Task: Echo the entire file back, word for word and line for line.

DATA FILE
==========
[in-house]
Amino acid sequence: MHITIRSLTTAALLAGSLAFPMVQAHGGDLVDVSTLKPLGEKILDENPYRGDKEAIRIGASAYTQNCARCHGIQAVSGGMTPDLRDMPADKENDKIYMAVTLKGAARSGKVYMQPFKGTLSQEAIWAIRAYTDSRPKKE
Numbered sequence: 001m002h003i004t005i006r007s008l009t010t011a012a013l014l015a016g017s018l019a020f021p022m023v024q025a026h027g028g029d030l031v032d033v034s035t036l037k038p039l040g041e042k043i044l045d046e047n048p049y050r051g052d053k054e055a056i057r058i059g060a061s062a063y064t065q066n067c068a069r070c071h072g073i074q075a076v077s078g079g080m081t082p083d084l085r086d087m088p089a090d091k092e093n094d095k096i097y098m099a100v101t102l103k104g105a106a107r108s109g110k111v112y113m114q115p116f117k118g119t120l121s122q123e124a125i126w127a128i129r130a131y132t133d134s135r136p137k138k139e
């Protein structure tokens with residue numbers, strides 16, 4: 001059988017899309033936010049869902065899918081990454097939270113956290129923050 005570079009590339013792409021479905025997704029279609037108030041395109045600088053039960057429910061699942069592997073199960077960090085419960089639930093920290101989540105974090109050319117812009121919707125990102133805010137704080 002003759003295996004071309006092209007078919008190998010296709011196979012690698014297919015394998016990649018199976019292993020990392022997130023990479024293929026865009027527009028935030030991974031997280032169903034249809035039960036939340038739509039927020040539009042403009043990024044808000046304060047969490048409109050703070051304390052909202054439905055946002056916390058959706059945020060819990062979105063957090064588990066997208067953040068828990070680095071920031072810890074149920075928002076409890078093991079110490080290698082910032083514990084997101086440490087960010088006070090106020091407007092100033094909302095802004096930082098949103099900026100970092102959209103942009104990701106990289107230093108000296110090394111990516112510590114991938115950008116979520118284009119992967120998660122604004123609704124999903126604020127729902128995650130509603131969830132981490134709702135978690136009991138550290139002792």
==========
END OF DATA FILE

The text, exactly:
[in-house]
Amino acid sequence: MHITIRSLTTAALLAGSLAFPMVQAHGGDLVDVSTLKPLGEKILDENPYRGDKEAIRIGASAYTQNCARCHGIQAVSGGMTPDLRDMPADKENDKIYMAVTLKGAARSGKVYMQPFKGTLSQEAIWAIRAYTDSRPKKE
Numbered sequence: 001m002h003i004t005i006r007s008l009t010t011a012a013l014l015a016g017s018l019a020f021p022m023v024q025a026h027g028g029d030l031v032d033v034s035t036l037k038p039l040g041e042k043i044l045d046e047n048p049y050r051g052d053k054e055a056i057r058i059g060a061s062a063y064t065q066n067c068a069r070c071h072g073i074q075a076v077s078g079g080m081t082p083d084l085r086d087m088p089a090d091k092e093n094d095k096i097y098m099a100v101t102l103k104g105a106a107r108s109g110k111v112y113m114q115p116f117k118g119t120l121s122q123e124a125i126w127a128i129r130a131y132t133d134s135r136p137k138k139e
């Protein structure tokens with residue numbers, strides 16, 4: 001059988017899309033936010049869902065899918081990454097939270113956290129923050 005570079009590339013792409021479905025997704029279609037108030041395109045600088053039960057429910061699942069592997073199960077960090085419960089639930093920290101989540105974090109050319117812009121919707125990102133805010137704080 002003759003295996004071309006092209007078919008190998010296709011196979012690698014297919015394998016990649018199976019292993020990392022997130023990479024293929026865009027527009028935030030991974031997280032169903034249809035039960036939340038739509039927020040539009042403009043990024044808000046304060047969490048409109050703070051304390052909202054439905055946002056916390058959706059945020060819990062979105063957090064588990066997208067953040068828990070680095071920031072810890074149920075928002076409890078093991079110490080290698082910032083514990084997101086440490087960010088006070090106020091407007092100033094909302095802004096930082098949103099900026100970092102959209103942009104990701106990289107230093108000296110090394111990516112510590114991938115950008116979520118284009119992967120998660122604004123609704124999903126604020127729902128995650130509603131969830132981490134709702135978690136009991138550290139002792």